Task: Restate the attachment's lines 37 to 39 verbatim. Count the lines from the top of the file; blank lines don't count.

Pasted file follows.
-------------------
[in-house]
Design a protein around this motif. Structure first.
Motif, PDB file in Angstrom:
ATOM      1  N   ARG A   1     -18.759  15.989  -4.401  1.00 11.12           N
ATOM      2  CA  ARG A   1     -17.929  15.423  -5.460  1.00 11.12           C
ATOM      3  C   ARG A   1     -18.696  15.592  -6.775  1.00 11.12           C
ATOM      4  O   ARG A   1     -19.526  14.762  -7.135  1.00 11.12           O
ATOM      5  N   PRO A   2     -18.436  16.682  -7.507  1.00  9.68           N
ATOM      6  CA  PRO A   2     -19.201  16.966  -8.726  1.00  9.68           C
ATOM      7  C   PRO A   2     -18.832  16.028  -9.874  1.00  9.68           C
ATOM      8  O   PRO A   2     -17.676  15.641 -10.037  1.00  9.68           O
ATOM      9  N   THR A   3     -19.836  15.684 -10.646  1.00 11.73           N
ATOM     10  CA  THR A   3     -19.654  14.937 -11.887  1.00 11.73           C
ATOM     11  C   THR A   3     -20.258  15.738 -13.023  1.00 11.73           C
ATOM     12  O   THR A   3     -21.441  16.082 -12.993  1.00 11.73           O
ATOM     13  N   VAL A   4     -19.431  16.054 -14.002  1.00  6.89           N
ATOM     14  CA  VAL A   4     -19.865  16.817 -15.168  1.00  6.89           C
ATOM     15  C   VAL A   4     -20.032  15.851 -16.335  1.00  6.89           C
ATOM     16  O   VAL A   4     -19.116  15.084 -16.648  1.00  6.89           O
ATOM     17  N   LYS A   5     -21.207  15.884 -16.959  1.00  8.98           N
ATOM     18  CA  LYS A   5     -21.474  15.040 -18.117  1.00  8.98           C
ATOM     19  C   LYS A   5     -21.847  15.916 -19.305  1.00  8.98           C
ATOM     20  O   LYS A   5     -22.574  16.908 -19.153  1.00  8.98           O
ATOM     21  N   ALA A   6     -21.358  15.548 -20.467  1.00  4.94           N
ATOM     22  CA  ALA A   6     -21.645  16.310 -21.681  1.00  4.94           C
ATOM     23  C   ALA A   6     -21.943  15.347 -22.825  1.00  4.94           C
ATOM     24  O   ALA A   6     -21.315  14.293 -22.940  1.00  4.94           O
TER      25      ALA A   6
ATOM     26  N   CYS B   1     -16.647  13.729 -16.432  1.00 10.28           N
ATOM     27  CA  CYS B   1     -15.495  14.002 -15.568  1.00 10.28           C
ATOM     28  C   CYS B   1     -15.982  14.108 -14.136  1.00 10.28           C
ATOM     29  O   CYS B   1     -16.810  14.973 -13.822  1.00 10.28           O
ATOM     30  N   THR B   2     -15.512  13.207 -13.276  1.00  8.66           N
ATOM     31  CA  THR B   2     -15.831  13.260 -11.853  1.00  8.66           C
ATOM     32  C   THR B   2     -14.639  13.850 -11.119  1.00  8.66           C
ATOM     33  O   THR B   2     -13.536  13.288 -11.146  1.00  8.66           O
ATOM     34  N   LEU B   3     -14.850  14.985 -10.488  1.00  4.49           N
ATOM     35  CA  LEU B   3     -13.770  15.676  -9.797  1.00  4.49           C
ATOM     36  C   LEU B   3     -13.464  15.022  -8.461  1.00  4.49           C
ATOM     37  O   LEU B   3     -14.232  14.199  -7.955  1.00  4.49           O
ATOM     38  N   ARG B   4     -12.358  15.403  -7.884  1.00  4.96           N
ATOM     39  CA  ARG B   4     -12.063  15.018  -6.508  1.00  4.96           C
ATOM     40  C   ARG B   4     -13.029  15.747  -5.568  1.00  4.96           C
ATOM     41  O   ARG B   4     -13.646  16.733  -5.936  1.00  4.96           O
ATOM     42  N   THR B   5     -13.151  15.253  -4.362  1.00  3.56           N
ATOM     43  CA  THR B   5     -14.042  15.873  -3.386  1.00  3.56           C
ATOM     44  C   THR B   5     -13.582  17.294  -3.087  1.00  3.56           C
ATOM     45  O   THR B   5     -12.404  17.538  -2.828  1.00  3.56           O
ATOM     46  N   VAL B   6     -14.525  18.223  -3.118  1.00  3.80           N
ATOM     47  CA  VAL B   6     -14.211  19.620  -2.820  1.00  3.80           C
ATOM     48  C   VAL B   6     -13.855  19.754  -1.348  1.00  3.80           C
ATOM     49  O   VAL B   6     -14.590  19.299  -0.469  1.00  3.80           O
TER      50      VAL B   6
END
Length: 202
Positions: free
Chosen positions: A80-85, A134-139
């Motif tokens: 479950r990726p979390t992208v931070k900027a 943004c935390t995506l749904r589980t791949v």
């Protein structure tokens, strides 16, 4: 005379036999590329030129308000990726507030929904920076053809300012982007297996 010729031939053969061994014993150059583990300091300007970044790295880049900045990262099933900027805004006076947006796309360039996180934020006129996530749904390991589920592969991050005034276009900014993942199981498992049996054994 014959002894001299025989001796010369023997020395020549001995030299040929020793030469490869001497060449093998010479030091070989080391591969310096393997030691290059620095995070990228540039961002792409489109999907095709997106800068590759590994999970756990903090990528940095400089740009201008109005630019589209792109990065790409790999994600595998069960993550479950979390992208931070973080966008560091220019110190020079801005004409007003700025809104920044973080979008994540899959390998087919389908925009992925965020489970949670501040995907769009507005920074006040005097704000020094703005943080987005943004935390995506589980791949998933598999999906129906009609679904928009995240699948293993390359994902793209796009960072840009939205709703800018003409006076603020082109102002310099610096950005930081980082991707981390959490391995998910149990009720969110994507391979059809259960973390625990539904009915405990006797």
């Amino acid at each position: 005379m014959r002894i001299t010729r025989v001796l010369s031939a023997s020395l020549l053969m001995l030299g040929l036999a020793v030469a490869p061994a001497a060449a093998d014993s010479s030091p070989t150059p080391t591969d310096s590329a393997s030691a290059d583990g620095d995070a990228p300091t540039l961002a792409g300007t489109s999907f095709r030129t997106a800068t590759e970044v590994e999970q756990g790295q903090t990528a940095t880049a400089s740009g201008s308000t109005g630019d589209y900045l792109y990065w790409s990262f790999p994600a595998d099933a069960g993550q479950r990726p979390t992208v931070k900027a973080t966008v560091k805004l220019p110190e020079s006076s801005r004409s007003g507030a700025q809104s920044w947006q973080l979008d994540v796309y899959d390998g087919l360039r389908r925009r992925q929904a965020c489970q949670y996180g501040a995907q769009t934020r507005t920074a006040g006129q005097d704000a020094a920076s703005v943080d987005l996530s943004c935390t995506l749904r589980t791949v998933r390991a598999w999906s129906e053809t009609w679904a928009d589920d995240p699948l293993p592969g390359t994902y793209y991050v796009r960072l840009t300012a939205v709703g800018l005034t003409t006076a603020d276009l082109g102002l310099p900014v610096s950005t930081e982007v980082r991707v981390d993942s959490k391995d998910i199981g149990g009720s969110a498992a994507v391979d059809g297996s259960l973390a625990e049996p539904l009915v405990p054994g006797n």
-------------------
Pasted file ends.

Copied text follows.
ATOM     34  N   LEU B   3     -14.850  14.985 -10.488  1.00  4.49           N
ATOM     35  CA  LEU B   3     -13.770  15.676  -9.797  1.00  4.49           C
ATOM     36  C   LEU B   3     -13.464  15.022  -8.461  1.00  4.49           C